A good night's sleep protects against parasites

January 9, 2009,

Animal species that sleep for longer do not suffer as much from parasite infestation and have a greater concentration of immune cells in their blood according to a study published in the open-access journal BMC Evolutionary Biology.

The question of why we sleep has long puzzled scientists. Brian Preston from the Max Planck Institute for Evolutionary Anthropology in Leipzig, Germany, led an international team of researchers who tested the theory that sleep improves immune function. He says, "Sleep is a biological enigma. Despite occupying much of an animal's life, and having been scrutinized by numerous experimental studies, there is still no consensus on its function. Similarly, nobody has yet explained why species have evolved such marked variation in their sleep requirements (from 3 to 20 hours a day in mammals). Our research provides new evidence that sleep plays an important role in protecting animals from parasitic infection."

By comparing reported information about mammalian sleep, immune system parameters, and parasitism the authors show that evolutionary increases in mammalian sleep durations are strongly associated with the number of circulating immune cells. Mammalian species that sleep for longer periods also have substantially reduced levels of parasitic infection. According to Preston, "We suggest that sleep fuels the immune system. While awake, animals must be ready to meet multiple demands on a limited energy supply, including the need to search for food, acquire mates, and provide parental care. When asleep, animals largely avoid these costly activities, and can thus allocate resources to the body's natural defenses."

This research may yet have implications for human health. Preston warns, "Given the declines in human sleep durations that have occurred over the past few decades, there is a clear need for studies that further clarify the immunological significance of sleep."

Article: Parasite resistance and the adaptive significance of sleep, Brian T Preston, Isabella Capellini, Patrick McNamara, Robert A Barton and Charles L Nunn, BMC Evolutionary Biology (in press) www.biomedcentral.com/bmcevolbiol/

Source: BioMed Central

Explore further: Sleeping sickness parasites camouflage themselves with sugar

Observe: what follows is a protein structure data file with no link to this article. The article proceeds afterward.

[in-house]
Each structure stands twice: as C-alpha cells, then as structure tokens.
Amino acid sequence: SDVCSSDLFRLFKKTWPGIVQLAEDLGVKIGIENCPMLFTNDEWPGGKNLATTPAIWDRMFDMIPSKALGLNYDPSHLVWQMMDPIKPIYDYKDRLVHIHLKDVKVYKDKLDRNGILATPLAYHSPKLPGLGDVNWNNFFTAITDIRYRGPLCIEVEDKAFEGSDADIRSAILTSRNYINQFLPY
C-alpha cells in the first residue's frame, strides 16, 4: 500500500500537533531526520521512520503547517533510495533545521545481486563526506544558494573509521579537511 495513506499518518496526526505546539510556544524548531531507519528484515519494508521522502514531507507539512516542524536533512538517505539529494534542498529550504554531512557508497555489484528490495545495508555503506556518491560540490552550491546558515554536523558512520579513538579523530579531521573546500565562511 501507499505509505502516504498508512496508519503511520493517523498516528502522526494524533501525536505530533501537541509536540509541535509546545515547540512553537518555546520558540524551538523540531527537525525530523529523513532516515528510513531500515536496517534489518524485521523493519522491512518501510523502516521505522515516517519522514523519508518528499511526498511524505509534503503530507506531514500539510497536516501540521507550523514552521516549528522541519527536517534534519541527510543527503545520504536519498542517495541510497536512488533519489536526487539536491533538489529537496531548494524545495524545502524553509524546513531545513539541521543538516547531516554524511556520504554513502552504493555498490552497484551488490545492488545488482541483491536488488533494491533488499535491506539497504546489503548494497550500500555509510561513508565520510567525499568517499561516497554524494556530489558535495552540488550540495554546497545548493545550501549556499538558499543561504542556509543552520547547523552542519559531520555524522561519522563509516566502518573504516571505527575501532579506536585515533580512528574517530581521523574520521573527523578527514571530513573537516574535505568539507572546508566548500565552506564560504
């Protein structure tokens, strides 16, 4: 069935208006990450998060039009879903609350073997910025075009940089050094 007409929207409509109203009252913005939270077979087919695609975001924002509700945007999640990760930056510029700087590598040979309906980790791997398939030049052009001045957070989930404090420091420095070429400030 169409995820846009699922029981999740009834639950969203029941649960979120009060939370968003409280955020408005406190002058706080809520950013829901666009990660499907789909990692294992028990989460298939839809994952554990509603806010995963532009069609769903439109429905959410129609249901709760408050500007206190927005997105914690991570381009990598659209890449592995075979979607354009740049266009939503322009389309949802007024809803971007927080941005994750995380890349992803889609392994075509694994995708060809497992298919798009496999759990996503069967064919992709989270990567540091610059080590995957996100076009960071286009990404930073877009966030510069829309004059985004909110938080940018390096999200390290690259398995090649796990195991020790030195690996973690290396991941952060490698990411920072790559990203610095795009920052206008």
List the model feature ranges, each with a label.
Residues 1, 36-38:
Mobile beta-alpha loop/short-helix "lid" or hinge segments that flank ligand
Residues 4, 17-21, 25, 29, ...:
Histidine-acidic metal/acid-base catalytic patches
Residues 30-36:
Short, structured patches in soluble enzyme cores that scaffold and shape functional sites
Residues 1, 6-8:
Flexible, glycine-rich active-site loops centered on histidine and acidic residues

Related Stories

Sleeping sickness parasites camouflage themselves with sugar

July 10, 2018

It has long been known that the pathogens causing sleeping sickness evade the immune system by exchanging their surface proteins. But now scientists at the German Cancer Research Center (DKFZ) have found an additional parasite ...

A single control center for sleep and wake in the brain

June 12, 2018

Until now, it was thought that multiple brain areas were needed to control sleep and wakefulness. Neuroscientists from Bern have now identified one single control center for the sleep-wake cycle in the brain. The findings ...

Recommended for you

Magnetized inflow accreting to center of Milky Way galaxy

August 17, 2018

Are magnetic fields an important guiding force for gas accreting to a supermassive black hole (SMBH) like the one that our Milky Way galaxy hosts? The role of magnetic fields in gas accretion is little understood, and trying ...

First science with ALMA's highest-frequency capabilities

August 17, 2018

The ALMA telescope in Chile has transformed how we see the universe, showing us otherwise invisible parts of the cosmos. This array of incredibly precise antennas studies a comparatively high-frequency sliver of radio light: ...

Another way for stellar-mass black holes to grow larger

August 17, 2018

A trio of researchers with The University of Hong Kong, Academia Sinica Institute of Astronomy and Astrophysics in Taiwan and Northwestern University in the U.S., has come up with an alternative theory to explain how some ...

0 comments

Please sign in to add a comment. Registration is free, and takes less than a minute. Read more

Click here to reset your password.
Sign in to get notified via email when new comments are made.